HOUSE prices are on the rise across the Capital as more buyers are tempted into the market.
The ESPC’s quarterly House Price Report shows that more than 1300 properties changed hands over the summer – with two-thirds smashing their asking price.
According to the figures, the average price for a city centre home has risen 11.3 per cent in the last 12 months, from £238,303 to £265,201.
Two-bedroom flats in some of the Capital’s most sought-after residential areas have also seen a mini boom.
In Marchmont and Bruntsfield, prices have risen by 6.8 per cent from £259,495 to £277,235, while in Stockbridge and Comely Bank they have soared from £242,223 to £262,966 – an increase of 8.6 per cent.
Analysts believe the property market across Edinburgh has become “healthier and balanced” with demand and supply now at roughly equal levels, which should slow the speed of price rises.
David Marshall, the ESPC’s business development manager, said: “With market activity having improved over the last year, we are continuing to see more sellers being tempted back.
“The number of homes coming on to the market between June and August was up by 19 per cent on the same period a year ago.
“This means that while earlier in the year demand was rising much more quickly than supply, there is a healthier balance there now and this should help to ensure that house price inflation does not increase sharply as we move forward.”
For Edinburgh as a whole, prices were up 3.4 per cent between June and August compared with last year, from an average of £219,313 to £226,748.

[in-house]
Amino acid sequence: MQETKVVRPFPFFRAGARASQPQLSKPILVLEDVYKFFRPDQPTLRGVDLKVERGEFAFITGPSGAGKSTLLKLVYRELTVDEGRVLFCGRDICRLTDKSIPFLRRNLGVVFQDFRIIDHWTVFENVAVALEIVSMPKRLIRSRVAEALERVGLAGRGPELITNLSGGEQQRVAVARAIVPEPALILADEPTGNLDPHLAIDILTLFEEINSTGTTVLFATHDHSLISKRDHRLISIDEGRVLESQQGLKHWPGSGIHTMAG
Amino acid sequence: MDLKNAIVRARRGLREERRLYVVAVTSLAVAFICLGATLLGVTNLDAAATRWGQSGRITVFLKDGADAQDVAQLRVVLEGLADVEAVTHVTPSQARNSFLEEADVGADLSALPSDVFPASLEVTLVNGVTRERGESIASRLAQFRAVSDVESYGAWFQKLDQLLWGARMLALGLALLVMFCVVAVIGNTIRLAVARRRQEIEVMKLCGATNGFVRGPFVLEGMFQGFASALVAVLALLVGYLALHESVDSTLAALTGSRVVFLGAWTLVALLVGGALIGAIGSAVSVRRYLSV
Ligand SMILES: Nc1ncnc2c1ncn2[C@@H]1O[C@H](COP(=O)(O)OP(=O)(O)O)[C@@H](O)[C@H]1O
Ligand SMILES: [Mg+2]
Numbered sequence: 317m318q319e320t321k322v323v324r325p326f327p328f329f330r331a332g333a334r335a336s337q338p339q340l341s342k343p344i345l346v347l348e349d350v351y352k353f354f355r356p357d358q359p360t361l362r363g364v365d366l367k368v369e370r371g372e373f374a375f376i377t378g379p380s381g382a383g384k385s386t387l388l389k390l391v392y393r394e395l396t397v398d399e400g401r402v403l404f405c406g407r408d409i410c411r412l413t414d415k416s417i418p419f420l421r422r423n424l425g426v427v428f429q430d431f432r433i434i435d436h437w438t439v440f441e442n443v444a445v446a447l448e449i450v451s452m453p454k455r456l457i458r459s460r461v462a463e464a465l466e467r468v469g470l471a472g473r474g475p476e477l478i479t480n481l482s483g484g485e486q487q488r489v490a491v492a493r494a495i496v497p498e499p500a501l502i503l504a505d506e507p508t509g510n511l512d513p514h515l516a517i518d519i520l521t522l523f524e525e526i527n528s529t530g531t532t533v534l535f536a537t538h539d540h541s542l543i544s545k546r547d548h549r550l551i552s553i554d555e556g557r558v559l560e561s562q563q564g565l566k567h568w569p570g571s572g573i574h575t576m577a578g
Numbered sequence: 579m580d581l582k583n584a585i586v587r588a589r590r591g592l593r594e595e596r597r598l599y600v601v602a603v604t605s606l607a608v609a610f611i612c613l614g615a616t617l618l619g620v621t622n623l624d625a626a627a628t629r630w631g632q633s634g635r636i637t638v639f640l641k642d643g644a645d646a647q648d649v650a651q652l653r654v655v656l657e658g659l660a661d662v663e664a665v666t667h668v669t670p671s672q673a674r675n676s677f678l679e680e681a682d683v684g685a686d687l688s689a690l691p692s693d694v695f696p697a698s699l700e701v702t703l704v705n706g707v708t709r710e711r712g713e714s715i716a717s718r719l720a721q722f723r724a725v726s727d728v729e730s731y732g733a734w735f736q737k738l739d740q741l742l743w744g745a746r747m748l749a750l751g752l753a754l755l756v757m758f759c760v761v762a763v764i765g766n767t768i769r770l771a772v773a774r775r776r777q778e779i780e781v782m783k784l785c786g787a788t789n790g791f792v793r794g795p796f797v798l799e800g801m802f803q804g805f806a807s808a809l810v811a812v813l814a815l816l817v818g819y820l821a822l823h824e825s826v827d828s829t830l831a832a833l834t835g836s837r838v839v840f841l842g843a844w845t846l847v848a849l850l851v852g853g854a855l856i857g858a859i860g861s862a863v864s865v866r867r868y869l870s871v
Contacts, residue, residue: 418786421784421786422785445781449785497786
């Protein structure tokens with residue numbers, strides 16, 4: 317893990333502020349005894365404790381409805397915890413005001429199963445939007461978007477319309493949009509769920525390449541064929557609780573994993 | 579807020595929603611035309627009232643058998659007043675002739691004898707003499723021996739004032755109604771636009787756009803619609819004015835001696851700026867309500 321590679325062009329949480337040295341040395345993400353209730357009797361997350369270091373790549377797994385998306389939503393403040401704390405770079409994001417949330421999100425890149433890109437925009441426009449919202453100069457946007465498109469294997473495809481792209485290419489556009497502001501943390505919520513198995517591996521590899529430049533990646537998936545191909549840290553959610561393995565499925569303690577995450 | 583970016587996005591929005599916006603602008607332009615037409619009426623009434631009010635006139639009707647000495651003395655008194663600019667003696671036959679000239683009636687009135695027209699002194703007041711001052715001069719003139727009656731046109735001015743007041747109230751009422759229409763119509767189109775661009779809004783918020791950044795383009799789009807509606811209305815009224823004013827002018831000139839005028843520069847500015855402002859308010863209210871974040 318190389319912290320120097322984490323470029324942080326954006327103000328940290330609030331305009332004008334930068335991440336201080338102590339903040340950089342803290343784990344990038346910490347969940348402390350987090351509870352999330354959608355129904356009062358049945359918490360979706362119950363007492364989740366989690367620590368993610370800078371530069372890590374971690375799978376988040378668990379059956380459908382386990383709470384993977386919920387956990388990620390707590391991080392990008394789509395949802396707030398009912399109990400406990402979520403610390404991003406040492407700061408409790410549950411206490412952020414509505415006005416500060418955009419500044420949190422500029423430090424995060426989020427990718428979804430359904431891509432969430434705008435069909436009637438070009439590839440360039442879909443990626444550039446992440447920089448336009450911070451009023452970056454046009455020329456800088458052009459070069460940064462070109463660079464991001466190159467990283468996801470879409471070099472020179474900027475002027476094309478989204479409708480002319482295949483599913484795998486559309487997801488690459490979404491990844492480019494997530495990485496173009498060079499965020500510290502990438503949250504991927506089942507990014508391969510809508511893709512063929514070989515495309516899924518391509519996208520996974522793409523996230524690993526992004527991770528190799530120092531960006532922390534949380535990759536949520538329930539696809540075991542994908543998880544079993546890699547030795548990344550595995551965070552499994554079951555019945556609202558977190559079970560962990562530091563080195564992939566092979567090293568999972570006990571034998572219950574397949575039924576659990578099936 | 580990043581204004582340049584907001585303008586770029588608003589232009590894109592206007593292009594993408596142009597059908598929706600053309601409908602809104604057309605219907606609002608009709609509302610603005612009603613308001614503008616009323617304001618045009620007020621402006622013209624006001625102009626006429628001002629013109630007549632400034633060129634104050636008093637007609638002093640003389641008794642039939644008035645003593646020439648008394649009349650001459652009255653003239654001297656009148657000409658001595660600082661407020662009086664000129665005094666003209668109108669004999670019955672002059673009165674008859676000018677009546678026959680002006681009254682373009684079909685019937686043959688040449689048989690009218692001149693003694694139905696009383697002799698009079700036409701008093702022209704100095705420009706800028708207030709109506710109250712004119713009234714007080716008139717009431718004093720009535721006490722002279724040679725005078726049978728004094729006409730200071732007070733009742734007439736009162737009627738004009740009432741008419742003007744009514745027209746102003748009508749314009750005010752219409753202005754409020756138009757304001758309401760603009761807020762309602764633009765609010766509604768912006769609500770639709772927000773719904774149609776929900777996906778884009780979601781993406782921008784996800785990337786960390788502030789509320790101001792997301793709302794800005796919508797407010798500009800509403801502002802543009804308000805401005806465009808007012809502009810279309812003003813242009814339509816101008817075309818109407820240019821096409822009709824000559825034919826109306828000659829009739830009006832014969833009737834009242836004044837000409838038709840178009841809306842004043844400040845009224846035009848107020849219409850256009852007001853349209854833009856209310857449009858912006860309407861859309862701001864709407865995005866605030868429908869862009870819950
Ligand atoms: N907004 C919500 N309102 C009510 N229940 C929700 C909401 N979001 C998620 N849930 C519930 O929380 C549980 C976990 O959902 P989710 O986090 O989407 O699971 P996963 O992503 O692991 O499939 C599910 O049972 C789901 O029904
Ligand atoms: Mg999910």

East Lothian also saw bumper rises, with an average 6.8 per cent increase from £209,544 to £223,824.
Properties in Midlothian went up in price by an average of 2.3 per cent from £169,101 to £172,953, however, there was a slump in West Lothian.
Prices there bucked the trend by falling by 8.5 per cent on average from £182,963 to £167,476.
In March, the Evening News told how two identical houses seven miles apart in West Lothian – in Winchburgh and Linlithgow – had a price difference of £82,000.
Adam Laurie, the property manager at Whitburn-based estate agent Sneddon Morrison, said there was some evidence to suggest gaps such as these were starting to even out.
But he added: “The value of a property depends largely on where it is in the area.
“There are some areas in West Lothian where we’ve had prices see a vast increase, and others were they are depressing.”
He also pointed out that government figures suggested property prices had actually risen by £15,000 in the spring.
“The figures indicate that prices are stable,” Mr Laurie added.
“We’ve had slight decreases here and there, but, overall, the market in West Lothian is quite healthy.”